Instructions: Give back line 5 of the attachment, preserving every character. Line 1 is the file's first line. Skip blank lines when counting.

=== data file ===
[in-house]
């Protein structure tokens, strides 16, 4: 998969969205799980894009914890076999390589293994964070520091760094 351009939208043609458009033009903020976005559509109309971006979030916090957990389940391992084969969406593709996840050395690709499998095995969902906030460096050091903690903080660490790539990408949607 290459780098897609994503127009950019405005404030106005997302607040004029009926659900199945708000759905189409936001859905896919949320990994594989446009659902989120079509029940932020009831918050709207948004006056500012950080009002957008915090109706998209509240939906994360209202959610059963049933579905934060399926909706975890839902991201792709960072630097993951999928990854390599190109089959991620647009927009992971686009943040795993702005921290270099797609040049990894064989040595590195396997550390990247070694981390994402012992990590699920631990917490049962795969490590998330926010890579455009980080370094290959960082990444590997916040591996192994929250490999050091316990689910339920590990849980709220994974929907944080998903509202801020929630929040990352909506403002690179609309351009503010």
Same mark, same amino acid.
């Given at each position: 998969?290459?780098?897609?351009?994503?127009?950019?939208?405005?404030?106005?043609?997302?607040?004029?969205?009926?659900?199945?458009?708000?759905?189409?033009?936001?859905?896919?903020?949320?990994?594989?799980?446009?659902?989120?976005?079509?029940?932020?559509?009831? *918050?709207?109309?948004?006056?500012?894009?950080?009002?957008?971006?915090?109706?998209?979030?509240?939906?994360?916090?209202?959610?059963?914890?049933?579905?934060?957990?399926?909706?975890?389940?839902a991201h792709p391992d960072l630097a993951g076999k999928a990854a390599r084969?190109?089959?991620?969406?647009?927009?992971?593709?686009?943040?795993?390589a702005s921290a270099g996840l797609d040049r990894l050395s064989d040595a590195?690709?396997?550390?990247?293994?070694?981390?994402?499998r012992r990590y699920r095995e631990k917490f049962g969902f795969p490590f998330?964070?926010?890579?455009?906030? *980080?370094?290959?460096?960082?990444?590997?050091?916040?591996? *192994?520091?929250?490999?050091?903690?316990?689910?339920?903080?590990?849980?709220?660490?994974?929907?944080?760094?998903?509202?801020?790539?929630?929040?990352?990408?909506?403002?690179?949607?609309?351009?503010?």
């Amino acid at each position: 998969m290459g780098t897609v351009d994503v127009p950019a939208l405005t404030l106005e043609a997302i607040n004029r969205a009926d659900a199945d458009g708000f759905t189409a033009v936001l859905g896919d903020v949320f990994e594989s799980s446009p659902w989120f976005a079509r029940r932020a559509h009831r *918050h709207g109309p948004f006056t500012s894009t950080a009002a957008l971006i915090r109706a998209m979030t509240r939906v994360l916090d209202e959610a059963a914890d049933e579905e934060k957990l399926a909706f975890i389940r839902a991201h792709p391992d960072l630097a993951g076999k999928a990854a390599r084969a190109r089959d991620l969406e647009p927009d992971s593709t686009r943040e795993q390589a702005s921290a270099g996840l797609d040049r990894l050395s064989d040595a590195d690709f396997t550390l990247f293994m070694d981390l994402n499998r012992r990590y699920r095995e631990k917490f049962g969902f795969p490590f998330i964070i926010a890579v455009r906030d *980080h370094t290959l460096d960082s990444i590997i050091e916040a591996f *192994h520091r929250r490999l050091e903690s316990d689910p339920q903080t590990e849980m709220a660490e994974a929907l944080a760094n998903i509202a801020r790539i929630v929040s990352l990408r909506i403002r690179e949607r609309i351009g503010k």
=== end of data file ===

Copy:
């Amino acid at each position: 998969m290459g780098t897609v351009d994503v127009p950019a939208l405005t404030l106005e043609a997302i607040n004029r969205a009926d659900a199945d458009g708000f759905t189409a033009v936001l859905g896919d903020v949320f990994e594989s799980s446009p659902w989120f976005a079509r029940r932020a559509h009831r *918050h709207g109309p948004f006056t500012s894009t950080a009002a957008l971006i915090r109706a998209m979030t509240r939906v994360l916090d209202e959610a059963a914890d049933e579905e934060k957990l399926a909706f975890i389940r839902a991201h792709p391992d960072l630097a993951g076999k999928a990854a390599r084969a190109r089959d991620l969406e647009p927009d992971s593709t686009r943040e795993q390589a702005s921290a270099g996840l797609d040049r990894l050395s064989d040595a590195d690709f396997t550390l990247f293994m070694d981390l994402n499998r012992r990590y699920r095995e631990k917490f049962g969902f795969p490590f998330i964070i926010a890579v455009r906030d *980080h370094t290959l460096d960082s990444i590997i050091e916040a591996f *192994h520091r929250r490999l050091e903690s316990d689910p339920q903080t590990e849980m709220a660490e994974a929907l944080a760094n998903i509202a801020r790539i929630v929040s990352l990408r909506i403002r690179e949607r609309i351009g503010k």